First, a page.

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‘And He said unto them, How is it that ye sought Me! wist ye not that I must be about My Father’s business?’—LUKE ii. 49.

A number of spurious gospels have come down to us, which are full of stories, most of them absurd and some of them worse, about the infancy of Jesus Christ. Their puerilities bring out more distinctly the simplicity, the nobleness, the worthiness of this one solitary incident of His early days, which has been preserved for us. How has it been preserved? If you will look over the narratives there will be very little difficulty, I think, in answering that question. Observing the prominence that is given to the parents, and how the story enlarges upon what they thought and felt, we shall not have much doubt in accepting the hypothesis that it was none other than Mary from whom Luke received such intimate details. Notice, for instance, ‘Joseph and His mother knew not of it.’ ‘They supposed Him to have been in the company.’ ‘And when they,’ i.e. Joseph and Mary, ‘saw Him, they were astonished’; and then that final touch, ‘He was subject to them,’ as if His mother would not have Luke or us think that this one act of independence meant that He had shaken off parental authority. And is it not a mother’s voice that says, ‘His mother kept all these things in her heart,’ and pondered all the traits of boyhood? Now it seems to me that, in these words of the twelve-year-old boy, there are two or three points full of interest and of teaching for us. There is—

I. That consciousness of Sonship.

I am not going to plunge into a subject on which certainly a great deal has been very confidently affirmed, and about which the less is dogmatised by us, who must know next to nothing about it, the better; viz. the inter-connection of the human and the divine elements in the person of Jesus Christ. But the context leads us straight to this thought—that there was in Jesus distinct growth in wisdom as well as in stature, and in favour with God and man. And now, suppose the peasant boy brought up to Jerusalem, seeing it for the first time, and for the first time entering the sacred courts of the Temple. Remember, that to a Jewish boy, his reaching the age of twelve made an epoch, because he then became ‘a son of the Law,’ and took upon himself the religious responsibilities which had hitherto devolved upon his parents. If we will take that into account, and remember that it was a true manhood which was growing up in the boy Jesus, then we shall not feel it to be irreverent if we venture to say, not that here and then, there began His consciousness of His Divine Sonship, but that that visit made an epoch and a stage in the development of that consciousness, just because it furthered the growth of His manhood.

Further, our Lord in these words, in the gentlest possible way, and yet most decisively, does what He did in all His intercourse with Mary, so far as it is recorded for us in Scripture—relegated her back within limits beyond which she tended to advance. For she said, ‘Thy father and I have sought Thee sorrowing,’ no doubt thus preserving what had been the usual form of speech in the household for all the previous years; and there is an emphasis that would fall upon her heart, as it fell upon none other, when He answered: ‘Wist ye not that I must be about My Father’s business?’ We are not warranted in affirming that the Child meant all which the Man afterwards meant by the claim to be the Son of God; nor are we any more warranted in denying that He did. We know too little about the mysteries of His growth to venture on definite statements of either kind. Our sounding-lines are not long enough to touch bottom in this great word from the lips of a boy of twelve; but this is clear, that as He grew into self-consciousness, there came with it the growing consciousness of His Sonship to His Father in heaven.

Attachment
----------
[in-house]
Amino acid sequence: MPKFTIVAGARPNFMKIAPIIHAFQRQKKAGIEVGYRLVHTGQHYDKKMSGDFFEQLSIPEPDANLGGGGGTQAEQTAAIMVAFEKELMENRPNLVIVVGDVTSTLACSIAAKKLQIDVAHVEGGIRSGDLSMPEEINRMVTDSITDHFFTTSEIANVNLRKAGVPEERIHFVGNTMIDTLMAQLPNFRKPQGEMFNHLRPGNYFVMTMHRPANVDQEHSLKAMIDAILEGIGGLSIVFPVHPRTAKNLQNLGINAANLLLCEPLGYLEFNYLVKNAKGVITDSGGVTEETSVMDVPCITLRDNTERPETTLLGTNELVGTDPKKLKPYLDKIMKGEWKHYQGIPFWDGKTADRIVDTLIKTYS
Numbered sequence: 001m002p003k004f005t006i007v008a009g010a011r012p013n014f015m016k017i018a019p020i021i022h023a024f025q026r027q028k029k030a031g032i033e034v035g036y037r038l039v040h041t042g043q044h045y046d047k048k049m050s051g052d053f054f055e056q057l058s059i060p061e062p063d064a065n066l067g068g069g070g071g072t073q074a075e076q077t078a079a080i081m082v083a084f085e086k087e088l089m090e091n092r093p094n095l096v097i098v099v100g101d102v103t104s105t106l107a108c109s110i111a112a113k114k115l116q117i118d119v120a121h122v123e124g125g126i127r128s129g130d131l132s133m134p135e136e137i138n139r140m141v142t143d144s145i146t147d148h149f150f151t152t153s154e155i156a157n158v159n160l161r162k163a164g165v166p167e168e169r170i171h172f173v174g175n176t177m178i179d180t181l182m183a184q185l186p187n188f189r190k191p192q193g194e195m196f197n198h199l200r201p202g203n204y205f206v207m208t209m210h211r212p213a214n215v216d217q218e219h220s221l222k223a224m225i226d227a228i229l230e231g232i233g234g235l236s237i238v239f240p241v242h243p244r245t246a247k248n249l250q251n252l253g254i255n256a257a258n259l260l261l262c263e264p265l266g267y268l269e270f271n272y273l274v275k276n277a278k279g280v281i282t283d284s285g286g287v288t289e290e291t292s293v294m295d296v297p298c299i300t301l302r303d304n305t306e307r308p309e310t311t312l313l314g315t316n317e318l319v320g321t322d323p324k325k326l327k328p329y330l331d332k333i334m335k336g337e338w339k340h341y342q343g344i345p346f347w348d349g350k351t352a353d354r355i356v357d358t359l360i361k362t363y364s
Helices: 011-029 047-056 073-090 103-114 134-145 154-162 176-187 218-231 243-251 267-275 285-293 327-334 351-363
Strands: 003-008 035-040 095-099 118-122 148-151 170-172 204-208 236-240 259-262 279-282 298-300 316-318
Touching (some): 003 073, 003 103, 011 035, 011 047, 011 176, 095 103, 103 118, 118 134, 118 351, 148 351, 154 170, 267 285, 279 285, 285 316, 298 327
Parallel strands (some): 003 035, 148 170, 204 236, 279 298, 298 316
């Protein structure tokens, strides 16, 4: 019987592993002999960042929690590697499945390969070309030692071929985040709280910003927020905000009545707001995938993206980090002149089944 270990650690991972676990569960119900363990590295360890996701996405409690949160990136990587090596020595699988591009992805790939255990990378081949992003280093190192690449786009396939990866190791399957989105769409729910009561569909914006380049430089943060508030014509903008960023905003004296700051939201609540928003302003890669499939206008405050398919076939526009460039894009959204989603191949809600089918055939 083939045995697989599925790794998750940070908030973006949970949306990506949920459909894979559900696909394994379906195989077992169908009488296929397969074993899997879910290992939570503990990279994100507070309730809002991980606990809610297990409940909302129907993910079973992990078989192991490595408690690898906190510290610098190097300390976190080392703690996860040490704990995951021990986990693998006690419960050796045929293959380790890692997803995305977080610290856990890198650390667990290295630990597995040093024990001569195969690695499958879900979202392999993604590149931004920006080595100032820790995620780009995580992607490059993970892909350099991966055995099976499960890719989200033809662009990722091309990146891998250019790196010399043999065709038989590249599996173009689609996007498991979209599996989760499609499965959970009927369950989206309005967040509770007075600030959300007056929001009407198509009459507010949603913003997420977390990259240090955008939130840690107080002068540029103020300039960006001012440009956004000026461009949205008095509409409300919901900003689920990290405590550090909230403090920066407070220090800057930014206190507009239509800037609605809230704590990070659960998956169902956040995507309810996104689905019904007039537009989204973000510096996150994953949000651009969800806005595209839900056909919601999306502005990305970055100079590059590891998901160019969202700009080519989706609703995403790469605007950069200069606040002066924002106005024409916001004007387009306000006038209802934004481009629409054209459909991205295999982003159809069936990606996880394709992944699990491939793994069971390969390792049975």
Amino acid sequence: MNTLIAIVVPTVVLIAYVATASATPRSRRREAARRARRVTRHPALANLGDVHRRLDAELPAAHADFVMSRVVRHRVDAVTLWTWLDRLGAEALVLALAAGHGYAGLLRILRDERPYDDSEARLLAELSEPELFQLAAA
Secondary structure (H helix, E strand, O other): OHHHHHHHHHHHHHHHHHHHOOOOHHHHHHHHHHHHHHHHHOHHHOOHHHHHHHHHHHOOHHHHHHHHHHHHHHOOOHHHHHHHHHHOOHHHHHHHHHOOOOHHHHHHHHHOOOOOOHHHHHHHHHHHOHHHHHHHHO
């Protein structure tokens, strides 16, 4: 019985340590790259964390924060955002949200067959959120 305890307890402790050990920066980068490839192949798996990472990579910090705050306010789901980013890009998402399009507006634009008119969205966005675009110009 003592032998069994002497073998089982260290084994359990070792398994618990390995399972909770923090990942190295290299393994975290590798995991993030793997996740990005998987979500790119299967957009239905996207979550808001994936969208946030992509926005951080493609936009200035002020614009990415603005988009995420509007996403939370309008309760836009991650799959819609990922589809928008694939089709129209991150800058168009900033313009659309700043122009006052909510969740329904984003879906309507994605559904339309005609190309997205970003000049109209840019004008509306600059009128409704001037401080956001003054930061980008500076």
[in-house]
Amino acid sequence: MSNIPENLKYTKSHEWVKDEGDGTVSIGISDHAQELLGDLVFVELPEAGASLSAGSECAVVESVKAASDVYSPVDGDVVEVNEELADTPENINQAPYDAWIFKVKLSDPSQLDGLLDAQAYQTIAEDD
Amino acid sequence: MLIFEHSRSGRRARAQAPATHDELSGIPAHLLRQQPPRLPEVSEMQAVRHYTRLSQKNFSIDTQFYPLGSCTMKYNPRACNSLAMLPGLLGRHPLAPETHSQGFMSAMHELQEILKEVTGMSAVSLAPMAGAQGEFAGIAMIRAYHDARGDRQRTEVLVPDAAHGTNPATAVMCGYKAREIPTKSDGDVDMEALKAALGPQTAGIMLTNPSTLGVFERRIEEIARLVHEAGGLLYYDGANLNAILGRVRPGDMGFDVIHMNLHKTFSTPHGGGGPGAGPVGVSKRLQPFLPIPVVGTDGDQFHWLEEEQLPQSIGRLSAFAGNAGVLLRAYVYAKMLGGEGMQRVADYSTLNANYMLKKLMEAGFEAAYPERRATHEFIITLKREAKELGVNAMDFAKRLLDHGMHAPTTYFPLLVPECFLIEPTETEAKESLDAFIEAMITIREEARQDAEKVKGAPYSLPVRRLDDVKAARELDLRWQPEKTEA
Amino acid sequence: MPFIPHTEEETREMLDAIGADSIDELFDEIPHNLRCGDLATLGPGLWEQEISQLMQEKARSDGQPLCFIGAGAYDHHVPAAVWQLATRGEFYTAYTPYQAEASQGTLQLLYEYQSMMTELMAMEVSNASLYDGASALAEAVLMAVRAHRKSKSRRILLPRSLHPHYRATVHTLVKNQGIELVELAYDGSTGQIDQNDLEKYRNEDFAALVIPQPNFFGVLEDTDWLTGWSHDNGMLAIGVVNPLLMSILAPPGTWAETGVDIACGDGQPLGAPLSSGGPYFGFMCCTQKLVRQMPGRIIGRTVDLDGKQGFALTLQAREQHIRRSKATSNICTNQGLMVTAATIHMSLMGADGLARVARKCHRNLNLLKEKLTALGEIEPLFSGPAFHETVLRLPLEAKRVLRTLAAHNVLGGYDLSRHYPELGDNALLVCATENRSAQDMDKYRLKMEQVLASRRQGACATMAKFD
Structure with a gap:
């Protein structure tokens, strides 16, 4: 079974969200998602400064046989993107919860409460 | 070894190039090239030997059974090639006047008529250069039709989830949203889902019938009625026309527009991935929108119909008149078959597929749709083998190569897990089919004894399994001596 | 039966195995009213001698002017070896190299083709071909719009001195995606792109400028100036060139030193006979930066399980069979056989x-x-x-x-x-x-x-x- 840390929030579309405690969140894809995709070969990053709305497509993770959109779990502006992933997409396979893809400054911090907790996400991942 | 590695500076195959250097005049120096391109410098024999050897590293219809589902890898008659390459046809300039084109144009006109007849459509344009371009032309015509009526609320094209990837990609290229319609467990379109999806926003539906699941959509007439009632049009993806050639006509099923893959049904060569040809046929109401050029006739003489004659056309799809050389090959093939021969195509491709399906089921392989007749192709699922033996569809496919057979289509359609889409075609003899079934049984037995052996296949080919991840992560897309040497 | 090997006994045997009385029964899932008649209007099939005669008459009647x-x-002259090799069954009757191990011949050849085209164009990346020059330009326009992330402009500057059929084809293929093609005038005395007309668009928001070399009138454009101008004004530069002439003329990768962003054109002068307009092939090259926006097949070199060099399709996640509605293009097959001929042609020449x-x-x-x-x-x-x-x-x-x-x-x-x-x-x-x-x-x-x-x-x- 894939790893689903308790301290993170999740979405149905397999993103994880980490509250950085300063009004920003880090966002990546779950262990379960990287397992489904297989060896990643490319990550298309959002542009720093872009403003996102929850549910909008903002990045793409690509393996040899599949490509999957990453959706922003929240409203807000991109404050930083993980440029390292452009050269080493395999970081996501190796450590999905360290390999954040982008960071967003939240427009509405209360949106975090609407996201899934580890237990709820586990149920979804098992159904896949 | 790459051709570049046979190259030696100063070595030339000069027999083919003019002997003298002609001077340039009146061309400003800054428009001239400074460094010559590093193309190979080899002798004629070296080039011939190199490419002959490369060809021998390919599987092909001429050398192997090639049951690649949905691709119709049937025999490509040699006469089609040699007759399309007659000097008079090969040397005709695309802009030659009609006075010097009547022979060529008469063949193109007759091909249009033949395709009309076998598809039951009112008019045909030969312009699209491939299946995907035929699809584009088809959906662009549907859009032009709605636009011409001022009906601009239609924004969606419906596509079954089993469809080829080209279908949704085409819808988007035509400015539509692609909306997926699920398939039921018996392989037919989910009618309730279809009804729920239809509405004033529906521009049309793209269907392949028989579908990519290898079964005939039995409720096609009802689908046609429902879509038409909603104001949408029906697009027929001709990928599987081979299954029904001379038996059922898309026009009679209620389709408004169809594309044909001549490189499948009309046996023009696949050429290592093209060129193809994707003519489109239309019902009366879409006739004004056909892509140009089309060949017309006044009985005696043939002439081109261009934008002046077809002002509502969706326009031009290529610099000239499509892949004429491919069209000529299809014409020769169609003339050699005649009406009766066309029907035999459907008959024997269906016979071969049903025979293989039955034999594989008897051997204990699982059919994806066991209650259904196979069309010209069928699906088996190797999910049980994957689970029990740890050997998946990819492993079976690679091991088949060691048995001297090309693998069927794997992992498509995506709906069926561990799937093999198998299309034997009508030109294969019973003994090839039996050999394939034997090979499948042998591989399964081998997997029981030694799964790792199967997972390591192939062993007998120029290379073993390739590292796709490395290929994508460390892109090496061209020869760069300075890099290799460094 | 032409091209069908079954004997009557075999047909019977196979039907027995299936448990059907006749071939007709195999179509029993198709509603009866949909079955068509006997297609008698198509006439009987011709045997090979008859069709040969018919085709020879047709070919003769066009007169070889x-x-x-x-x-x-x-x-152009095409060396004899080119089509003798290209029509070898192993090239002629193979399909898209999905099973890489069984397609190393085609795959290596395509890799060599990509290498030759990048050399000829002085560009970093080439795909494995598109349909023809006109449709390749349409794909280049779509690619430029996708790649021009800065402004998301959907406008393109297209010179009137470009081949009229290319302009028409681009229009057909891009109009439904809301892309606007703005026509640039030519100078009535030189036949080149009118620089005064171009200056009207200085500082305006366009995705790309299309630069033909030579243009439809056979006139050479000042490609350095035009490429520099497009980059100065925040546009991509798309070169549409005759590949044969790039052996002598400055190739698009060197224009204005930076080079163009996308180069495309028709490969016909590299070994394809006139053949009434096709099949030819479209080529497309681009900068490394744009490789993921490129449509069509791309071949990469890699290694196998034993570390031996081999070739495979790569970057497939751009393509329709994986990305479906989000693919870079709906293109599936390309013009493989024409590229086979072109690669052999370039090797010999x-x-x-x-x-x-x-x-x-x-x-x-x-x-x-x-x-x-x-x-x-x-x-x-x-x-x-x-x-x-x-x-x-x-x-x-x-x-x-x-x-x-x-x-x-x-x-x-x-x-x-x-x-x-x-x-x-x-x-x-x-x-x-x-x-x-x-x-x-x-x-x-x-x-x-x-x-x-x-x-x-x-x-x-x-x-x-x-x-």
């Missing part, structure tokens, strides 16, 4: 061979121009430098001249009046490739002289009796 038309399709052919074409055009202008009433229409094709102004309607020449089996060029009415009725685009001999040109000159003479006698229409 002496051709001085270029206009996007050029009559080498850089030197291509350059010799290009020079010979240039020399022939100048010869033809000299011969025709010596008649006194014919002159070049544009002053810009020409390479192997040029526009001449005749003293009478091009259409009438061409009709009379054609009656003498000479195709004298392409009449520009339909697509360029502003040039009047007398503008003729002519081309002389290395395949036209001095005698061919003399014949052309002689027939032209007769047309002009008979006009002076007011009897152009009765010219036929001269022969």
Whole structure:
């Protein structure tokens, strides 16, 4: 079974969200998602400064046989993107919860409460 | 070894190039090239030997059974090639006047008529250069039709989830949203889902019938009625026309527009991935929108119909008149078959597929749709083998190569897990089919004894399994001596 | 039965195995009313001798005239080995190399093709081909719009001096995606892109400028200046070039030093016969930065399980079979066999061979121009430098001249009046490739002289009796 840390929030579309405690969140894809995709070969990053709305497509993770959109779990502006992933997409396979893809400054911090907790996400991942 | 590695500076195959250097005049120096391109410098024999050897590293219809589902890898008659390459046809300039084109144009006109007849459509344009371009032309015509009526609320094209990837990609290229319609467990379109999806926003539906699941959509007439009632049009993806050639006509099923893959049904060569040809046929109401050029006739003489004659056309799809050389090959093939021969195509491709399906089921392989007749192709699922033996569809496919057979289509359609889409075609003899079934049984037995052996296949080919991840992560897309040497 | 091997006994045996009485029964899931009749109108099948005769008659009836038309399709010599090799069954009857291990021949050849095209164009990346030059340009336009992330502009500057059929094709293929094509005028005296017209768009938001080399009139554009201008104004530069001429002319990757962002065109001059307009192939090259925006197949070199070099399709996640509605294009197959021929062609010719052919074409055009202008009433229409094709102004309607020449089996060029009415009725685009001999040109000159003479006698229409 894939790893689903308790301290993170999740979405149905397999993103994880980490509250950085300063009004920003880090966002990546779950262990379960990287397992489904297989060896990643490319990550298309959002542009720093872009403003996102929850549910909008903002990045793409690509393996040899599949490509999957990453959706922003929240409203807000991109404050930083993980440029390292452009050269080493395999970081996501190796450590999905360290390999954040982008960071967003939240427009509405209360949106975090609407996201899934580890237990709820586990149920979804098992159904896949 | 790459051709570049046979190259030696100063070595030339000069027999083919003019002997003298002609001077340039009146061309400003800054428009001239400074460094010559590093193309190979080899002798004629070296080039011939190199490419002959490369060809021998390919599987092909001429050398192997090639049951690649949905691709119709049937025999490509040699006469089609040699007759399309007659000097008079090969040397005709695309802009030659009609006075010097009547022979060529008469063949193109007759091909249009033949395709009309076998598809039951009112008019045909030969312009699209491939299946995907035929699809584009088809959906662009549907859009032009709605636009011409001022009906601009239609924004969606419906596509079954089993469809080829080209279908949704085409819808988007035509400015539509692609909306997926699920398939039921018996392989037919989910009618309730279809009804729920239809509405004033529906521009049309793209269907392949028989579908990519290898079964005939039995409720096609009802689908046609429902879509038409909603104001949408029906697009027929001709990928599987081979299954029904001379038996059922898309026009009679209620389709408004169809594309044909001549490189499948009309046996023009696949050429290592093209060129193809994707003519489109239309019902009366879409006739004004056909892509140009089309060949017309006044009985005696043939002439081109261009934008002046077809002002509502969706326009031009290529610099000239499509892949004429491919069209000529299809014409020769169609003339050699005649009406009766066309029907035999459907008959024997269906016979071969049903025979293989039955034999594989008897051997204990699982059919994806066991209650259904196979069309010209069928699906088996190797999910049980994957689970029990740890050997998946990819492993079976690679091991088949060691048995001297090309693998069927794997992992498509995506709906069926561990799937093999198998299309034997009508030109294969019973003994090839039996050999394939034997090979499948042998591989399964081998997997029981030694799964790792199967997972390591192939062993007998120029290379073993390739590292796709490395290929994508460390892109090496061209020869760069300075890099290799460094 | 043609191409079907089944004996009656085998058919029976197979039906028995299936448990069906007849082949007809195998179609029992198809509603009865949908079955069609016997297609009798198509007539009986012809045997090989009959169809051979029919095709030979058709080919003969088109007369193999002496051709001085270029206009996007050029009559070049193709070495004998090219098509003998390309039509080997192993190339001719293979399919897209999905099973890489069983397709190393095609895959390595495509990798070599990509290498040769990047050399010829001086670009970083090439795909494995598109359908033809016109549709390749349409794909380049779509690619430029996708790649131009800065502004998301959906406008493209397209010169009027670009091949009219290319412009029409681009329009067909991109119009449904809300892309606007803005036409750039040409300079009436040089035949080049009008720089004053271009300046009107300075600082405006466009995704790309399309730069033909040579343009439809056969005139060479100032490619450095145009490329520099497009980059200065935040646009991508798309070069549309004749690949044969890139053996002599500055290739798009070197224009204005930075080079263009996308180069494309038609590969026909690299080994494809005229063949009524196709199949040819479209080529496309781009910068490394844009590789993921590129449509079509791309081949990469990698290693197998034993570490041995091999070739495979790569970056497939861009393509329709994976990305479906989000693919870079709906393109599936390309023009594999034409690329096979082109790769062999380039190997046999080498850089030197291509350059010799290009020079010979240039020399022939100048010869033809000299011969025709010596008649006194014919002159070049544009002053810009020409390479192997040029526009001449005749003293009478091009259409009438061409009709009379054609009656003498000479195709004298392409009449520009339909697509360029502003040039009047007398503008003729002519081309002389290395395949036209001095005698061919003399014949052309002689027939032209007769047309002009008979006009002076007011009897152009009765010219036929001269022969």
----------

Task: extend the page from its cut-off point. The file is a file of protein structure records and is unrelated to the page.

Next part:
Now, dear brethren, whilst all that is unique, and parts Him off from us, do not let us forget that that same sense of Sonship and Fatherhood must be the very deepest thing in us, if we are Christian people after Christ’s pattern. We, too, can be sons through Him, and only through Him. I believe with all my heart in what we hear so much about now—‘the universal Fatherhood of God.’ But I believe that there is also a special relation of Fatherhood and Sonship, which is constituted only, according to Scripture teaching in my apprehension, through faith in Jesus Christ, and the reception of His life as a supernatural life into our souls. God is Father of all men—thank God for it! And that means, that He gives life to all men; that in a very deep and precious sense the life which He gives to every man is not only derived from, but is kindred with, His own; and it means that His love reaches to all men, and that His authority extends over them. But there is an inner sanctuary, there is a better life than the life of nature, and the Fatherhood into which Christ introduces us means, that through faith in Him, and the entrance into our spirits of the Spirit of adoption, we receive a life derived from, and kindred with, the life of the Giver, and that we are bound to Him not only by the cords of love, but to obey the parental authority. Sonship is the deepest thought about the Christian life.

It was an entirely new thought when Jesus spoke to His disciples of their Father in heaven. It was a thrilling novelty when Paul bade servile worshippers realise that they were no longer slaves, but sons, and as such, heirs of God. It was the rapture of pointing to a new star flaming out, as it were, that swelled in John’s exclamation: ‘Beloved, now are we the sons of God!’ For even though in the Old Testament there are a few occasional references to Israel’s King or to Israel itself as being ‘God’s son,’ as far as I remember, there is only one reference in all the Old Testament to parental love towards each of us on the part of God, and that is the great saying in the 103rd Psalm: ‘Like as a father pitieth his children, so the Lord pitieth them that fear Him.’ For the most part the idea connected in the Old Testament with the Fatherhood of God is authority: ‘If I be a Father, where is Mine honour?’ says the last of the prophets. But when we pass into the New, on the very threshold, here we get the germ, in these words, of the blessed thought that, as His disciples, we, too, may claim sonship to God through Him, and penetrate beyond the awe of Divine Majesty into the love of our Father God. Brethren, notwithstanding all that was unique in the Sonship of Jesus Christ, He welcomes us to a place beside Himself, and if we are the children of God by faith in Him, then are we ‘heirs of God, and joint heirs with Christ.’